Building their friendship off and on stage through their fight for what's right, Armstrong and Bommel see how their characters reflect their personalities as strong, young men.

"When people watch him on stage, you are drawn to him. I want to be his friend," Armstrong said. "Tim is also so nice and so cool and genuine as a person; you want to be his friend."

"Conversely, Alex is such a good fit for Jack because he has taken that role of getting people to show up, stay on track and is a very charismatic person off stage as well," Bommel said.

With a cast of 70 strong, Armstrong and Bommel take on those same leadership roles to help guide the immense number of young actors who are constantly rehearsing dance routines, classic songs from Alan Menken and Jack Feldman like "Carrying the Banner" "Seize the Day" and "Santa Fe," and elaborate Broadway-quality moving set complete with a 19th-century working printing press secured from The Legacy Theatre in Springfield, Illinois, and parts recreated locally to match.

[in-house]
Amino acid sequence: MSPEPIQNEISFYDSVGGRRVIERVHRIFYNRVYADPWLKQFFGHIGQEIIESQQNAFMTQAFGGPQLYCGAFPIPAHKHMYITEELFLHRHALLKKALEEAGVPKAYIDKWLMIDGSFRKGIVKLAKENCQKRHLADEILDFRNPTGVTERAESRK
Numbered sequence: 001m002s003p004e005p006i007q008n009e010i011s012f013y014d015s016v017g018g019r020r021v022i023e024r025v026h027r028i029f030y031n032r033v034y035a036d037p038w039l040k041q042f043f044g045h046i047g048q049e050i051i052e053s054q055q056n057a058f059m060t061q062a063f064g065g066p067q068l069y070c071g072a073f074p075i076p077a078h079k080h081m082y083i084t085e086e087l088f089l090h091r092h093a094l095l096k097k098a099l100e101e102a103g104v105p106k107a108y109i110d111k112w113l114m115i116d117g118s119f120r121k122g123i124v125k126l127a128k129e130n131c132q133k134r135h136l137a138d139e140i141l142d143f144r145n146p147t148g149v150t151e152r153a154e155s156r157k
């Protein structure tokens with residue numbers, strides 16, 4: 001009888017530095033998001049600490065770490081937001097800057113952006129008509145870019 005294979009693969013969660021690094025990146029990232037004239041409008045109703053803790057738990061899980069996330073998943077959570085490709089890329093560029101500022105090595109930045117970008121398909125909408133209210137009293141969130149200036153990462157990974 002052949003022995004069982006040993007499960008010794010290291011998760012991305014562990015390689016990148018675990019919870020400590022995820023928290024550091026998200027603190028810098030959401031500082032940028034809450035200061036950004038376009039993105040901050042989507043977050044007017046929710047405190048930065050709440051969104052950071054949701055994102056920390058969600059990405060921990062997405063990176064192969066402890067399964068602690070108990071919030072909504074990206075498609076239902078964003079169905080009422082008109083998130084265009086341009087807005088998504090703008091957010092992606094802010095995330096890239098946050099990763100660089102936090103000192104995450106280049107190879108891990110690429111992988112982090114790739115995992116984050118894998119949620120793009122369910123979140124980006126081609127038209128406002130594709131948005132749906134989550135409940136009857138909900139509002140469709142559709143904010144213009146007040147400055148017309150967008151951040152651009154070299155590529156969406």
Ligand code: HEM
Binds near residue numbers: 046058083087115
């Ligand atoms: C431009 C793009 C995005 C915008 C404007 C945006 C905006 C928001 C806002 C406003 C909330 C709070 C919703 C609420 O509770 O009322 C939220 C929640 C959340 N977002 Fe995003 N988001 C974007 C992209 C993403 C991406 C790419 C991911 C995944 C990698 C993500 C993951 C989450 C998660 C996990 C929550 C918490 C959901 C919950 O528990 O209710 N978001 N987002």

"With a cast of 70, I told them I am going to have to depend on you all to be leaders and help with everyone," Crouse said. "It is a very high-energy, acrobatic, athletic show; and the set is a character of its own. There are so many moving parts to this, if they are not focused for a second, they could smack into a set, they could not be where they need to be and not be able to get down. But it is amazing how they have taken on that role."

Crouse, a longtime director, actor and supporter of Capital City Productions, was delighted to return to directing at the local theater after overcoming health problems.

"I couldn't have been more blessed to come back to a production that I couldn't love doing more and with a cast I love doing it with," he said, noting girl and boy "newsies" join the local cast, which varies from the 1992 film and Broadway musical that debuted in 2012.